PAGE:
Symphony of Spirits: Encounters with the Spiritual Dimensions of Alzheimer's
St. Martin's Press, Nov 15, 2000 - Body, Mind & Spirit - 224 pages
In a culture that worships youth and beauty, more people than ever will be facing the problems of aging. Perhaps the least understood and most feared of the aging diseases are Alzheimer's and the other neurodegenerative diseases like Huntington's and Parkinson's. Because these diseases destroy the mind as well as the body, they seem to rob the victims of all the qualities that once made them human. They engender a hopelessness in the medical profession and families alike, resulting in a sense that these people are already gone. Yet, in Symphony of Spirits Dr. Forrest shows through her unique experiences as a geriatric care giver that if we acknowledge the spiritual dimension of these patients, the "worthless" last years of people suffering from these types of diseases can be the most valuable.
When Dr. Forrest took a temporary position at a geriatric hospital in Atlanta, she trusted her extensive medical training to prepare her for the physical and mental challenges of working with elderly patients suffering with dementia. But she quickly learned it just wasn't enough. Working alongside three unique caregivers, Native American nurses with deeply held spiritual beliefs and an uncompromising respect for all life, Forrest experienced a new way of looking at life and death that valued these special patients as "undiscovered treasures."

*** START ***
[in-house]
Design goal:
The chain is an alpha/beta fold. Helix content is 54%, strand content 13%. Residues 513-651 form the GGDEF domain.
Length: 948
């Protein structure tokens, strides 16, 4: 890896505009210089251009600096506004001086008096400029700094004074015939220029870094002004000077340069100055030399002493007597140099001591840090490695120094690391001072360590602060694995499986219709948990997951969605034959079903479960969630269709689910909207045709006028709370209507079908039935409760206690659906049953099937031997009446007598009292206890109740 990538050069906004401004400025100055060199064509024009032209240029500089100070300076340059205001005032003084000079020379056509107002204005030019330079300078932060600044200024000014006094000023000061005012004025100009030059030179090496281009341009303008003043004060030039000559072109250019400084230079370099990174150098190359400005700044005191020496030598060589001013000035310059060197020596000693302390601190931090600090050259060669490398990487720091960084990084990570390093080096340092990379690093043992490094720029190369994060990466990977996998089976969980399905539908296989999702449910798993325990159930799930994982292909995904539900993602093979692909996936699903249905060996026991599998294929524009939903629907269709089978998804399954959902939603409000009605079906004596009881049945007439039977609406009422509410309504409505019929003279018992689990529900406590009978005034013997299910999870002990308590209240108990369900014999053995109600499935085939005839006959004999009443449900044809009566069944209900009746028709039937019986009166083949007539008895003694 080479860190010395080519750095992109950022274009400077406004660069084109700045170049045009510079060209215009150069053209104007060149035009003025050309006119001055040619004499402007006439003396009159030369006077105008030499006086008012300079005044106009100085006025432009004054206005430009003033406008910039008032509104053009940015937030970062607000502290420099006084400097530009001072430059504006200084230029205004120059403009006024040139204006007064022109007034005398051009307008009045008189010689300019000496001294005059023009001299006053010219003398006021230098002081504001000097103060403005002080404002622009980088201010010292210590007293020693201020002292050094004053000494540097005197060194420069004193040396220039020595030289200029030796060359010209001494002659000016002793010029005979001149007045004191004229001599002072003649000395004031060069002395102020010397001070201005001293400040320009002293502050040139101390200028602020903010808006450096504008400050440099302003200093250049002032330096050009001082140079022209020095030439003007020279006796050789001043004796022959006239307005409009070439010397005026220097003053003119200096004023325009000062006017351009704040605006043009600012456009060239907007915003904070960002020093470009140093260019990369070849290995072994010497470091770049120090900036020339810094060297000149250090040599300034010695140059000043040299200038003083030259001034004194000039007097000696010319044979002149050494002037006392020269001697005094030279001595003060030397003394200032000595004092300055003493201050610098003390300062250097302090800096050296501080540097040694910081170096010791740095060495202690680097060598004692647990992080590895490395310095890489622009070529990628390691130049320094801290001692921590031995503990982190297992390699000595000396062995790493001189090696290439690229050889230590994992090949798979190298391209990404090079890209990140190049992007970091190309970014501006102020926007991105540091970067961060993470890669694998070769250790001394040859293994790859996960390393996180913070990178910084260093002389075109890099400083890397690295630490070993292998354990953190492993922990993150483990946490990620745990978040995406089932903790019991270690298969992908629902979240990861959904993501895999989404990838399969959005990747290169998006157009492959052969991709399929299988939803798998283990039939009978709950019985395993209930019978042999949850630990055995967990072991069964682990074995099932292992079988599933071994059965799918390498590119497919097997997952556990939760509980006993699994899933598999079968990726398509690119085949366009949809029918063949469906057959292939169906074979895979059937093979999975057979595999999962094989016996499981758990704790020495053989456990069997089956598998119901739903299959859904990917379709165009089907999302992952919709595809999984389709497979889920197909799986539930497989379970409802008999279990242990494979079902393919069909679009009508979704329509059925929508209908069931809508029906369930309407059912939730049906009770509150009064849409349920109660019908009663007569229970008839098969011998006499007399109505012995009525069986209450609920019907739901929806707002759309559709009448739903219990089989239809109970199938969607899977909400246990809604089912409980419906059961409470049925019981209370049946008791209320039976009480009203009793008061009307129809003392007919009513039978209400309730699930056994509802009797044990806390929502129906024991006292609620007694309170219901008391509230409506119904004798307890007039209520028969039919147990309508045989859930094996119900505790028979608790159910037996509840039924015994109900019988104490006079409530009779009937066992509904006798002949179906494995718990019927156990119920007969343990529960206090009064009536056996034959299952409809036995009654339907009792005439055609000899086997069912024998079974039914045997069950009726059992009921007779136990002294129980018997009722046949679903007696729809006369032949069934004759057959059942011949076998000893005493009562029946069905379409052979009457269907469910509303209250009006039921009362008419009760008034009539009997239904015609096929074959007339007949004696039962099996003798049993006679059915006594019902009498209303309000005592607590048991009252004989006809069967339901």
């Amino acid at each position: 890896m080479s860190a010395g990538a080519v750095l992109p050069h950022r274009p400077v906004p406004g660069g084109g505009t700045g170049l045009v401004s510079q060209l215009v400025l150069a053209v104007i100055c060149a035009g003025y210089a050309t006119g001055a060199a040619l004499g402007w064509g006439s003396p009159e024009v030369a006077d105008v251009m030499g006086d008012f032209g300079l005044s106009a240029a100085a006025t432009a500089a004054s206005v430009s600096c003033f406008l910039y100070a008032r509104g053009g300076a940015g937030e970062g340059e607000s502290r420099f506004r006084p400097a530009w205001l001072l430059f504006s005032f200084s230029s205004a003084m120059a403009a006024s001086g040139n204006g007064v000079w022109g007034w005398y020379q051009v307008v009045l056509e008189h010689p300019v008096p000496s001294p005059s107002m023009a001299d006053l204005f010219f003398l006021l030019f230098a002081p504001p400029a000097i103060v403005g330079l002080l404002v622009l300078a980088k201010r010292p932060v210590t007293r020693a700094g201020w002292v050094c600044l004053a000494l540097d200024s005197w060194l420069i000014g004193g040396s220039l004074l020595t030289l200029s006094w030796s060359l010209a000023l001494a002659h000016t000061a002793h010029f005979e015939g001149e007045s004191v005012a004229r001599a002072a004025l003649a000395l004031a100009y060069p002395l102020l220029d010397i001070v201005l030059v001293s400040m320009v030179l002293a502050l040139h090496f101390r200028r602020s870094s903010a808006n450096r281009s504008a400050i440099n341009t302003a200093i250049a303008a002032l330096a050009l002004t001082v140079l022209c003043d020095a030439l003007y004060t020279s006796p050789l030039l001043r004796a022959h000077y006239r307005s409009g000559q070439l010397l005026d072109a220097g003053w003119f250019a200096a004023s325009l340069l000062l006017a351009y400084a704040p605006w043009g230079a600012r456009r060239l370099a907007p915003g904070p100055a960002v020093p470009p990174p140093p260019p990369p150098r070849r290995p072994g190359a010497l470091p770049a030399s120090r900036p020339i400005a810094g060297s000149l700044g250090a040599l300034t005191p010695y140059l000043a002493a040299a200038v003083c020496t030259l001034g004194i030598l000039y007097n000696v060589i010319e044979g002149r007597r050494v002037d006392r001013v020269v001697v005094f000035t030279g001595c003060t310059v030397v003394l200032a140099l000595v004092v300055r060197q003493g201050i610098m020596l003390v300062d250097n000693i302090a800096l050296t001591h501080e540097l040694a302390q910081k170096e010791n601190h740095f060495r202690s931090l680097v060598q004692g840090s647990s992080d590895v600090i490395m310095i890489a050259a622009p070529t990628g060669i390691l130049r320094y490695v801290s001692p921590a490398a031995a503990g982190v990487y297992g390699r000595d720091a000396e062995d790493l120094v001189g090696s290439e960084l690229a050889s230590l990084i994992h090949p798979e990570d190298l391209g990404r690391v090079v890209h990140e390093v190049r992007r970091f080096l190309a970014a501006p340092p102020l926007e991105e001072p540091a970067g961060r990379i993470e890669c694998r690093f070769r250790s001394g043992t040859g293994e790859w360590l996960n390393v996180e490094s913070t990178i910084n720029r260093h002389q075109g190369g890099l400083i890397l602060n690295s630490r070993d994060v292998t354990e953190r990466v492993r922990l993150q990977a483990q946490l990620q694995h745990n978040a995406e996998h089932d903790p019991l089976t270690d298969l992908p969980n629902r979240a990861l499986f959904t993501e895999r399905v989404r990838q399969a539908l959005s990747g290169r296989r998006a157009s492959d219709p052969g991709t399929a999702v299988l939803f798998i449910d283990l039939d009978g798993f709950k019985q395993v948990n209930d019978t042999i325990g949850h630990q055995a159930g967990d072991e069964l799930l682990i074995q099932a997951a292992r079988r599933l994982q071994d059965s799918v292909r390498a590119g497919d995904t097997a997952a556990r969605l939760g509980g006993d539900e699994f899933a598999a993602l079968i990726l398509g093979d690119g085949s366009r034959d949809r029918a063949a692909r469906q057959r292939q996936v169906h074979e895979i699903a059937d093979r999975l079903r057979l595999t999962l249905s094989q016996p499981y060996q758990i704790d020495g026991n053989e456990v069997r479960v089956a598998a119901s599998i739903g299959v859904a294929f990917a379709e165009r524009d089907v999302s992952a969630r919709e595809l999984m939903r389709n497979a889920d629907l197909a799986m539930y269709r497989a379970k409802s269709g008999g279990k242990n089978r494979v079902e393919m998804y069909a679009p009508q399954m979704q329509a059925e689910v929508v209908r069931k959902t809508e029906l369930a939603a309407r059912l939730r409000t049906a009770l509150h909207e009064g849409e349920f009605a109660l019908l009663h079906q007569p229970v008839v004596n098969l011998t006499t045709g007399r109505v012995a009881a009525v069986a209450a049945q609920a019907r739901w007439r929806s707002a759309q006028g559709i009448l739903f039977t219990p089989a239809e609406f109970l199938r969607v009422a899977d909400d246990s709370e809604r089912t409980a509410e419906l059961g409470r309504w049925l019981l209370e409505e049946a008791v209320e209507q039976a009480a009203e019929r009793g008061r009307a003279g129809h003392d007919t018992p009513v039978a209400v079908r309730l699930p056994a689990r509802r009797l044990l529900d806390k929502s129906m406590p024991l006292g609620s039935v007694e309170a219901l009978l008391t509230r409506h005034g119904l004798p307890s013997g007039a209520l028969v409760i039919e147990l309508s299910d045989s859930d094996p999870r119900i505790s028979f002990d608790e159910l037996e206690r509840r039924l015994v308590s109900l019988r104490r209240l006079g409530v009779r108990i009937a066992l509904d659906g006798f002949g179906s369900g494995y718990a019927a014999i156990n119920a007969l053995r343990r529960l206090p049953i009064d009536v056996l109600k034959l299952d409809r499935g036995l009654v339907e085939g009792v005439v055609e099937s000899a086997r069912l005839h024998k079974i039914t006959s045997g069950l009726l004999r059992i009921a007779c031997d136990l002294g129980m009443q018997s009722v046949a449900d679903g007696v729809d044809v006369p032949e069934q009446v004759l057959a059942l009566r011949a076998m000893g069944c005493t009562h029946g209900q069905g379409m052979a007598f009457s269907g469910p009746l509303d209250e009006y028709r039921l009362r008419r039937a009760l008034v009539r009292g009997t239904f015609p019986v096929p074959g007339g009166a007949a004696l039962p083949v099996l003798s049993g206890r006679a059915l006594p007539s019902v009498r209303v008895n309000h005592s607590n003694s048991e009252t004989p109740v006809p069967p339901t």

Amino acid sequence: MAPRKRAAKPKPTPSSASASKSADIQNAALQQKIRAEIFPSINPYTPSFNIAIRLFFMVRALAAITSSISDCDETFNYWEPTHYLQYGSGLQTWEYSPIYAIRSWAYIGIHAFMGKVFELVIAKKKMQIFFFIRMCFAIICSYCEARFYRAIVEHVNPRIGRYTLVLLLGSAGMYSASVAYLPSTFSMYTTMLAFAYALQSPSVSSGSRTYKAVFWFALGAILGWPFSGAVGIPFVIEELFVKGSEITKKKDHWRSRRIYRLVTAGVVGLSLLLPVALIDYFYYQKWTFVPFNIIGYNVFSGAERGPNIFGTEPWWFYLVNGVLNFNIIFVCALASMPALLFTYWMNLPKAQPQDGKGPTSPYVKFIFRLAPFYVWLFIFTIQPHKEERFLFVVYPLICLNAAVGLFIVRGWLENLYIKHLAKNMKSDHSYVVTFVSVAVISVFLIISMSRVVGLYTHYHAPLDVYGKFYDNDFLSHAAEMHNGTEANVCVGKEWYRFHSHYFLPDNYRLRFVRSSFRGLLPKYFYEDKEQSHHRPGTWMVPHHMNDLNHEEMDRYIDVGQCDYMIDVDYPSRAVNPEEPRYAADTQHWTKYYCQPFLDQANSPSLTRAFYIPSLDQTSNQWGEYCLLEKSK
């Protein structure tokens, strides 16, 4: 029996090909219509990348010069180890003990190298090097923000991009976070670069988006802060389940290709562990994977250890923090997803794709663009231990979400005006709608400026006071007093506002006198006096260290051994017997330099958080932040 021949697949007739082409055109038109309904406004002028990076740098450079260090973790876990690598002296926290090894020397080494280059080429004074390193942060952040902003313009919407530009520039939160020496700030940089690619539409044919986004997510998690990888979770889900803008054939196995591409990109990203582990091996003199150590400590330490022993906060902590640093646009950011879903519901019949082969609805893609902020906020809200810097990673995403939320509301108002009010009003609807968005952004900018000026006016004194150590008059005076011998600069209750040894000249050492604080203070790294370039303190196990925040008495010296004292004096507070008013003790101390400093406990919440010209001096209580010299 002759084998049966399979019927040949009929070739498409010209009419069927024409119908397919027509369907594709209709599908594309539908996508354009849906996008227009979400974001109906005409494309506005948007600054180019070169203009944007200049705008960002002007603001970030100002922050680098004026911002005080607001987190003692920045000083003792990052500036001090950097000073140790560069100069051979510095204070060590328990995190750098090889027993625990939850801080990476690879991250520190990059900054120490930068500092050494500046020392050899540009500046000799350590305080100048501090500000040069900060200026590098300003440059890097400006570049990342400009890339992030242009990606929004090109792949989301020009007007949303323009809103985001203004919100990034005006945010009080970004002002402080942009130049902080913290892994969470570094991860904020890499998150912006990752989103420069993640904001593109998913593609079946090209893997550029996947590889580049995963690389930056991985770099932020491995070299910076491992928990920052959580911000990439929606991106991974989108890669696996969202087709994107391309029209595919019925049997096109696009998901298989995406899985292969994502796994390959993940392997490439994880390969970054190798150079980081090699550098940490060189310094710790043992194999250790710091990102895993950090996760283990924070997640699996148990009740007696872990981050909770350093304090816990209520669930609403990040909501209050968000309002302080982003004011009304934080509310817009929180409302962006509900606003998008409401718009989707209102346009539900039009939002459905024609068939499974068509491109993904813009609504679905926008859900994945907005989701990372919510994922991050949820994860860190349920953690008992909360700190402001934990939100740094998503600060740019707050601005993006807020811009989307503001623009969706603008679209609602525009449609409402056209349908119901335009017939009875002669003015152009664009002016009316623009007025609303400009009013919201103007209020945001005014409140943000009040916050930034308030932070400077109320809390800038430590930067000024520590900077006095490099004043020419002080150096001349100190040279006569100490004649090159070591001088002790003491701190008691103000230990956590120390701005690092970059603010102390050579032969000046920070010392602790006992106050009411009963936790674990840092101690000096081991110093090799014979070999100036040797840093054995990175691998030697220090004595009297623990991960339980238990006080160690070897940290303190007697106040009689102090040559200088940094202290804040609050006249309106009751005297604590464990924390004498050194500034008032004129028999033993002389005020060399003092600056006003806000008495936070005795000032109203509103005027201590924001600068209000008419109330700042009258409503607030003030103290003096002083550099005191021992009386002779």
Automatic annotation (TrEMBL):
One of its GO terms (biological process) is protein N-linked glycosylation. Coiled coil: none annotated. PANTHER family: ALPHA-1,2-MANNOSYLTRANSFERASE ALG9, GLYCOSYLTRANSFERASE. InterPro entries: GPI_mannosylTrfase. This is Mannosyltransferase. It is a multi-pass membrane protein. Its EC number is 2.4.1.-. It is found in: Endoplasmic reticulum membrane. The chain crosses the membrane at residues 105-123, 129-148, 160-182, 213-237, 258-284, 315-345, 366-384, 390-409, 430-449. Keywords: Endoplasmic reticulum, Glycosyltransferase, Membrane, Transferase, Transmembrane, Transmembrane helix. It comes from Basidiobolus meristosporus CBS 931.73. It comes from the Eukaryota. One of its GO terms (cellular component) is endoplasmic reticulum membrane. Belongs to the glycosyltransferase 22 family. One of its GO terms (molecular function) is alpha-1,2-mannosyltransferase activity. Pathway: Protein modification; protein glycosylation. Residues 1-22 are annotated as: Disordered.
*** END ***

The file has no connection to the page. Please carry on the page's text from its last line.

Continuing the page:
Through her patients, like Momma Sissy, a 102 year-old African American woman who still worked a farm in South Carolina and Stephen Z., a retired engineer whose wife of 50 years still spoke of their ongoing love for each other, Forrest came to appreciate the special wisdom that comes from living life. Working especially with Aunt Mel, an independent strong-willed elder and Granny Ada, the matriarch of an Appalachian mountain clan, taught Forrest the importance of loving relationships for long-term mental and physical health.
In the tradition of Raymond Moody and Deepak Chopra, Dr. Forrest proposes a
momentary suspension of scientific skepticism and prejudice for a more poignant, humanizing method of caring for Alzheimer's patients.
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